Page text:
In the AST it says the tenant is responsible for damage caused by condensation and I have a survey report that proves it is damage caused by condensation which was caused by “tenants lifestyle”. He claims he gave me the property back in the same condition as it was when he moved in which is clearly a lie as it was uninhabitable when he left it in the state he did. I have 60 photos of the damage but I have no photos of when he moved in.
I do have an inventory saying everything was in good condition but he never signed it. However, I do have an email from him when he vacated where he does refer to the inventory in the email so he cant say there isn’t one because he’s referred to it.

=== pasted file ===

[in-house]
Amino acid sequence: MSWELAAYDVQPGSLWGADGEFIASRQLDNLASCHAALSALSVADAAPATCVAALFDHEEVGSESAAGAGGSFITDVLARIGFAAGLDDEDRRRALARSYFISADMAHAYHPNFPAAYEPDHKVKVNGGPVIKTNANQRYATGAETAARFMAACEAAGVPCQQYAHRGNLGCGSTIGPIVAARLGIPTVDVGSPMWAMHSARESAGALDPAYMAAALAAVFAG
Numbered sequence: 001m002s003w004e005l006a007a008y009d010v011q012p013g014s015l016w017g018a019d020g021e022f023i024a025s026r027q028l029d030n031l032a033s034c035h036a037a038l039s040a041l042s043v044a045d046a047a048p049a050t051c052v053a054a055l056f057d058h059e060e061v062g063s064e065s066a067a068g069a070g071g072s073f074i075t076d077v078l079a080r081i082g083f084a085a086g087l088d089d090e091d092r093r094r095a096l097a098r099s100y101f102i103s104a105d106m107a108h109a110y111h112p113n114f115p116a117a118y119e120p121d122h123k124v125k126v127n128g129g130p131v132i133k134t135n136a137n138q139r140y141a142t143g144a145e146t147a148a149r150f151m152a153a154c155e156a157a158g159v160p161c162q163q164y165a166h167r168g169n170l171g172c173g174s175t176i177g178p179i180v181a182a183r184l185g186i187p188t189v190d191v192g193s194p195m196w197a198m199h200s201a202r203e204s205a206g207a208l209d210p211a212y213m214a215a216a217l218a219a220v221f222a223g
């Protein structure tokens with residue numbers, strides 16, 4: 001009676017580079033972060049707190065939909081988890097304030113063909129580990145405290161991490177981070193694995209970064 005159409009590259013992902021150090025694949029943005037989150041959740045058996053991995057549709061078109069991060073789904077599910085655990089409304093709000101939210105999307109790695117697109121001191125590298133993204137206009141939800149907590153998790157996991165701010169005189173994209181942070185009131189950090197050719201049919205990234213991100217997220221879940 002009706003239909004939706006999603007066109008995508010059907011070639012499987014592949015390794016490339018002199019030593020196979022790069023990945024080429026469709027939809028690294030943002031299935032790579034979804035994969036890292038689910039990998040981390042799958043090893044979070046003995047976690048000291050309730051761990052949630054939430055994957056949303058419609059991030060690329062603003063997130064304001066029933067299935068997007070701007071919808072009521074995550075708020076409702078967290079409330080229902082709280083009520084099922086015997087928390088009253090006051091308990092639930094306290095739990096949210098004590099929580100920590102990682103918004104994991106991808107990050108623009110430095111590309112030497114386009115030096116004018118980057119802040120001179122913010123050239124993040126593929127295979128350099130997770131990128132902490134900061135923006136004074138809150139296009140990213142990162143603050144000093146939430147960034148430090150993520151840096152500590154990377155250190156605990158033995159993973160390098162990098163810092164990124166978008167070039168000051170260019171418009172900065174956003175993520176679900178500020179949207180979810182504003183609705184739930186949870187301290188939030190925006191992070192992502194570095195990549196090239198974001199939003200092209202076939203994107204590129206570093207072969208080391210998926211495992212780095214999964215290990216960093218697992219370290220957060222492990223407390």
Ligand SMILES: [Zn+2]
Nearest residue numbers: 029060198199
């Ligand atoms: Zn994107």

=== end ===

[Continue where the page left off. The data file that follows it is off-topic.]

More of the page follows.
There was an extractor fan in the en suite which was broken for 12 months and he also blames me for this damage, but this was never reported to me in writing and when it was eventually reported to me in person I had it replaced within 2 weeks.

Is it possible that the judge might pass judgement on this case based on the evidence and our defence that we have both submitted without us attending the court?

What do you think?

I’d really appreciate any feedback good or bad as I’m new to the court thing and I could really do with my 3k back!

Thanks Rob.

Comments

21:42 PM, 6th February 2013
About 8 years ago

Rob,

Whilst it is not possible to insure against such incidents after the event / discovery, there is cover that you can take out to help protect yourself against incidents such as this which are costly to take action against.